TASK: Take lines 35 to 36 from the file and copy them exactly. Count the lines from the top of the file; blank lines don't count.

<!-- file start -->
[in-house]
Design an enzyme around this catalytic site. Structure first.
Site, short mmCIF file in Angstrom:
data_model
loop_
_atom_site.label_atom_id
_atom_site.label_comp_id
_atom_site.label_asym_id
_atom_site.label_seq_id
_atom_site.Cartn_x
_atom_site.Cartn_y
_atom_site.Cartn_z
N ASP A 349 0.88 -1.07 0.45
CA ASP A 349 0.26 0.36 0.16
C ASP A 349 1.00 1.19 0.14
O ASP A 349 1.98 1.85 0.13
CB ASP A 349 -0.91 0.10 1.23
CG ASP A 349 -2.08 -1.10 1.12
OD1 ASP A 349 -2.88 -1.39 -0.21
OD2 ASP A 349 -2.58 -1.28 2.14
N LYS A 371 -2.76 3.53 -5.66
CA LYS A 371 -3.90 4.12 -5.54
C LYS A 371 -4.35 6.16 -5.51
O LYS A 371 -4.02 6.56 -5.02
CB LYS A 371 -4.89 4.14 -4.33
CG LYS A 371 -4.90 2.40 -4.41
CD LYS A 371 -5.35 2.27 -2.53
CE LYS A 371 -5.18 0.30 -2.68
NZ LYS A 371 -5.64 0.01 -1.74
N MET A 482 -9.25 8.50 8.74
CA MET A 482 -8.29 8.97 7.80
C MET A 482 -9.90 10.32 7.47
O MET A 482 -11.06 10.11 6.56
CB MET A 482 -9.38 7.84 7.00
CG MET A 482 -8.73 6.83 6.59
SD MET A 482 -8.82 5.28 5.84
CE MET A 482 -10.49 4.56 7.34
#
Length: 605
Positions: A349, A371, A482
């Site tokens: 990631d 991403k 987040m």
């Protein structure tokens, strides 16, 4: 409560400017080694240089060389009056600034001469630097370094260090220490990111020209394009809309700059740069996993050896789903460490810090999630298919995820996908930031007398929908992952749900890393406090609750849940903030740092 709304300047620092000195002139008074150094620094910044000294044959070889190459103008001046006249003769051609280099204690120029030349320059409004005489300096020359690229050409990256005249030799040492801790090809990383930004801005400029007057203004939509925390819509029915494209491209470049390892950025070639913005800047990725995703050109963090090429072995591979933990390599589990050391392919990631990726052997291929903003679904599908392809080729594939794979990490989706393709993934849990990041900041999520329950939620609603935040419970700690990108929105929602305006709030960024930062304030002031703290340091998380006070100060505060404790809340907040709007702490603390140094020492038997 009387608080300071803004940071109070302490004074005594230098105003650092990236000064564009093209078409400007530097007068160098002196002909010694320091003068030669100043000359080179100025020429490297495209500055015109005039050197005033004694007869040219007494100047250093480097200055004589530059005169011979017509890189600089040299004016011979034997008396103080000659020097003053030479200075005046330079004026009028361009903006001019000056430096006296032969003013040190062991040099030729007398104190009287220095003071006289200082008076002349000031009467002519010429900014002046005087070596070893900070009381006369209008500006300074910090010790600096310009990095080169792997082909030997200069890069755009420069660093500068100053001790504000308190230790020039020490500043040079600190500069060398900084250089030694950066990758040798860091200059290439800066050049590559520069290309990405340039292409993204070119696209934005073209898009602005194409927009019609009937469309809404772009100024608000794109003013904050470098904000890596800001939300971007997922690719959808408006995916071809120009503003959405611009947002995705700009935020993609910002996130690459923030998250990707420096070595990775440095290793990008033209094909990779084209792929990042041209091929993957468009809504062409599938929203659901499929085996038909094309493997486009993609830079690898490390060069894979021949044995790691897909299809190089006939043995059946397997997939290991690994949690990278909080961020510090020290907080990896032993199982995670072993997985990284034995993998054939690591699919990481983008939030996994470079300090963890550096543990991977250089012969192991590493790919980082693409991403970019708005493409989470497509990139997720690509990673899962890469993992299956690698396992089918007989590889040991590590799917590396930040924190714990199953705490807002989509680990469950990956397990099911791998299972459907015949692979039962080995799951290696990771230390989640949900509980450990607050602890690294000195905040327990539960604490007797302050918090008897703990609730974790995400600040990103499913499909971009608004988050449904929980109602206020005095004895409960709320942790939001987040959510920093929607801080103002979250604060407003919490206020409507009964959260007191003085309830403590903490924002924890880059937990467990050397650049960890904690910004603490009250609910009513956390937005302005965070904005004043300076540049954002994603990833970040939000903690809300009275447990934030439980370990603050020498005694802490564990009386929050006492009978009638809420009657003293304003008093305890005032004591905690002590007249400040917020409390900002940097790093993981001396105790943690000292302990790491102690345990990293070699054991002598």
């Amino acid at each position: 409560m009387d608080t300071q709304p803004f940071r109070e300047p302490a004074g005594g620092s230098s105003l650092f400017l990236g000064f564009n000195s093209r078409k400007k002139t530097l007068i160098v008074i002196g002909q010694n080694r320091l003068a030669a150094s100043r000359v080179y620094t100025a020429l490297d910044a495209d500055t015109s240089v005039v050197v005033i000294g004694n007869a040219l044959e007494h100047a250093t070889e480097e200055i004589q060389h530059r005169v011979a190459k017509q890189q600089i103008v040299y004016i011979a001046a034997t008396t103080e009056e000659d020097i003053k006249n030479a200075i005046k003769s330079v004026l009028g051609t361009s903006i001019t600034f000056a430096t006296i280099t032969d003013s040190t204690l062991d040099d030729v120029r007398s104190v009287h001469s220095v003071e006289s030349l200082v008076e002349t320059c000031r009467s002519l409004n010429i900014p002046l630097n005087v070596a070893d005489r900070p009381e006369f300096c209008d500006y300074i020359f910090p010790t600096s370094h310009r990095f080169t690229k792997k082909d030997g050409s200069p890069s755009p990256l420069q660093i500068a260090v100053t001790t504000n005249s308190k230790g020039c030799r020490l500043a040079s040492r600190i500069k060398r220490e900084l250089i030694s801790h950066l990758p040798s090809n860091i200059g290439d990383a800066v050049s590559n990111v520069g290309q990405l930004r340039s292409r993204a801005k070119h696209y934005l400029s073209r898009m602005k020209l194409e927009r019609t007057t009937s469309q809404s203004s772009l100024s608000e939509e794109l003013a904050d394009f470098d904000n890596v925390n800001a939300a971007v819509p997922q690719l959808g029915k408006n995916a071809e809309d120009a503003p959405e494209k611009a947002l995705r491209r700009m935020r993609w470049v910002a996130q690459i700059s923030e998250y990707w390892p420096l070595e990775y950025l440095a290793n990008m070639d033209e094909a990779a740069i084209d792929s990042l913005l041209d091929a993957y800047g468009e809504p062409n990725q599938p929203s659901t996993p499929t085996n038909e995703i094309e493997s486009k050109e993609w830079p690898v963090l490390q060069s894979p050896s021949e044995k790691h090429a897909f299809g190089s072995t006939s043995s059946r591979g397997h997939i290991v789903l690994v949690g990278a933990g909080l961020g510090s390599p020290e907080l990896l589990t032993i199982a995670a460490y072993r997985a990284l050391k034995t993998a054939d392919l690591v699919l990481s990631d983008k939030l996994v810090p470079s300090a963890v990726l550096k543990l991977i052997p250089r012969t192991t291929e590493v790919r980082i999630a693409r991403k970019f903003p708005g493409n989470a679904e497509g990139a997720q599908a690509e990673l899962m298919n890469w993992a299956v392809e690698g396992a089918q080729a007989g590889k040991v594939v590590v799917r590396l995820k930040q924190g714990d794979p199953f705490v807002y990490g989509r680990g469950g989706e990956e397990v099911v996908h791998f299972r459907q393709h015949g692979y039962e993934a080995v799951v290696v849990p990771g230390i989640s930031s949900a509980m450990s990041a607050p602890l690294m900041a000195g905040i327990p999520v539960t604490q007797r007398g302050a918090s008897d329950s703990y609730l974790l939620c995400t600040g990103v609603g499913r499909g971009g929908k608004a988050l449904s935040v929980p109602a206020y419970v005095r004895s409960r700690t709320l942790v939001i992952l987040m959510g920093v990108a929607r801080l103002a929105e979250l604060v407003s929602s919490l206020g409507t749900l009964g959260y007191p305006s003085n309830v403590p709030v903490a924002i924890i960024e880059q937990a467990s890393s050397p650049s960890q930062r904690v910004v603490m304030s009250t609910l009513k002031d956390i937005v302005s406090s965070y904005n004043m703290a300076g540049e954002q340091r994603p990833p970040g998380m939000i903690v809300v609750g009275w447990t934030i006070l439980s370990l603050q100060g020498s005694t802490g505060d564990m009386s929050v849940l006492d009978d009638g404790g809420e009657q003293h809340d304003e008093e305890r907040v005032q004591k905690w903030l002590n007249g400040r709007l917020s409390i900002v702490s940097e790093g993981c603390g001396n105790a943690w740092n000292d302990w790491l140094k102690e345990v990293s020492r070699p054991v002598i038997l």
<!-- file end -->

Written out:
CG MET A 482 -8.73 6.83 6.59
SD MET A 482 -8.82 5.28 5.84